Common Problems With Toggles and Tips For Avoiding Them
A toggle is a switch that lets people manage the state of something. Unlike radio buttons and checkboxes, toggles have two opposing states: on and off. They are used to control the state of settings, views, and content.
Toggles can be a great tool for achieving the goal of dynamically configuring feature flags at runtime in a production environment. However, if you’re not careful, using them to override the default behavior of a system can cause pain for users. In this article, we explore some of the common problems with toggles and offer some tips for avoiding them.
Using toggles as a way to perform multivariate or A/B testing is a common practice in the web industry. Toggles allow us to consistently send each user down one of several code paths based upon their cohort grouping.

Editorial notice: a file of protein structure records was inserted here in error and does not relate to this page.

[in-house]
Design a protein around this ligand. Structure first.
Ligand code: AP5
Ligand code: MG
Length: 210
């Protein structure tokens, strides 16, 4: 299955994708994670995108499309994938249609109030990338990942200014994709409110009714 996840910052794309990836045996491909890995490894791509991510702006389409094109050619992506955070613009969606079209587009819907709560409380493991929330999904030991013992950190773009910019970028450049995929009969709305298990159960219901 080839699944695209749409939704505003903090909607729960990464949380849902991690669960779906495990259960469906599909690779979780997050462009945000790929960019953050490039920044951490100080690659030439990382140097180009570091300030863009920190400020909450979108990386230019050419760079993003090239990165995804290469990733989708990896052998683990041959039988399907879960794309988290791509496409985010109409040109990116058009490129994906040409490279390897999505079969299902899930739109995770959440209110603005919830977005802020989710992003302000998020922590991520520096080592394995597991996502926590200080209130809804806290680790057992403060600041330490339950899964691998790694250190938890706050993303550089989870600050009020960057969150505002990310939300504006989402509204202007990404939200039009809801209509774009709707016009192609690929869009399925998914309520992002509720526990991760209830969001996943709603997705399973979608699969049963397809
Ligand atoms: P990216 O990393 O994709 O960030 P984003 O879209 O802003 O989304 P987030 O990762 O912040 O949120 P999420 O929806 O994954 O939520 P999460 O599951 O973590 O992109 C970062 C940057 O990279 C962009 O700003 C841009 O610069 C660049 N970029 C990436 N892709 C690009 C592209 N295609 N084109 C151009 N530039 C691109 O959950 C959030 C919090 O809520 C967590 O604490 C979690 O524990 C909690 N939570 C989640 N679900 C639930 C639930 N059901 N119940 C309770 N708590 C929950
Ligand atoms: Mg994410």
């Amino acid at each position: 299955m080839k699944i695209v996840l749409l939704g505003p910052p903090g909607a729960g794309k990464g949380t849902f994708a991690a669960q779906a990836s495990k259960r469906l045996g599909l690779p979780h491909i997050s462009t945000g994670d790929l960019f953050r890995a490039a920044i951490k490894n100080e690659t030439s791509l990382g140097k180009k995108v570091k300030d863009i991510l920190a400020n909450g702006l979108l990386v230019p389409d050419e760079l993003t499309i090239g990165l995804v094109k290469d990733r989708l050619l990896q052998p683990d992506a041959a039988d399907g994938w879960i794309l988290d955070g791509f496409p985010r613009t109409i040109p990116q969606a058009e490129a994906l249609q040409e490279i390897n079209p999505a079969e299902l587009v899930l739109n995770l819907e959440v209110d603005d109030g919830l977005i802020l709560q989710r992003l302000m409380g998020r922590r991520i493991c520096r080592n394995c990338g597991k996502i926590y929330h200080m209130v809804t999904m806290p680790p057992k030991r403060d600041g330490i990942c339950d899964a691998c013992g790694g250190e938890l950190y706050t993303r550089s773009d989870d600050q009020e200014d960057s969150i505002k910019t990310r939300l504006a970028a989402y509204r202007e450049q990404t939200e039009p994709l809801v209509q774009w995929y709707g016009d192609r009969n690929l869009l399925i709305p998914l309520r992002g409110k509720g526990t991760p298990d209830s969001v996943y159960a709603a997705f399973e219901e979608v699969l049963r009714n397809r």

The word “toggle” can also mean to bind or fasten temporarily. For example, you might toggle a rope into an eye or loop in a chain, so that it stays secure without requiring the use of a knot.
When to avoid using toggles
It’s important to use toggles sparingly as they can create accessibility challenges for some users. Screen readers and other assistive technologies can’t interpret a toggle’s states by color alone, so they must rely on other visual cues. Additionally, WCAG 1.4.1 discourages relying on color to convey meaning. It can be difficult for designers to find the right visual clues, especially if the toggle doesn’t clearly identify the setting or view it controls.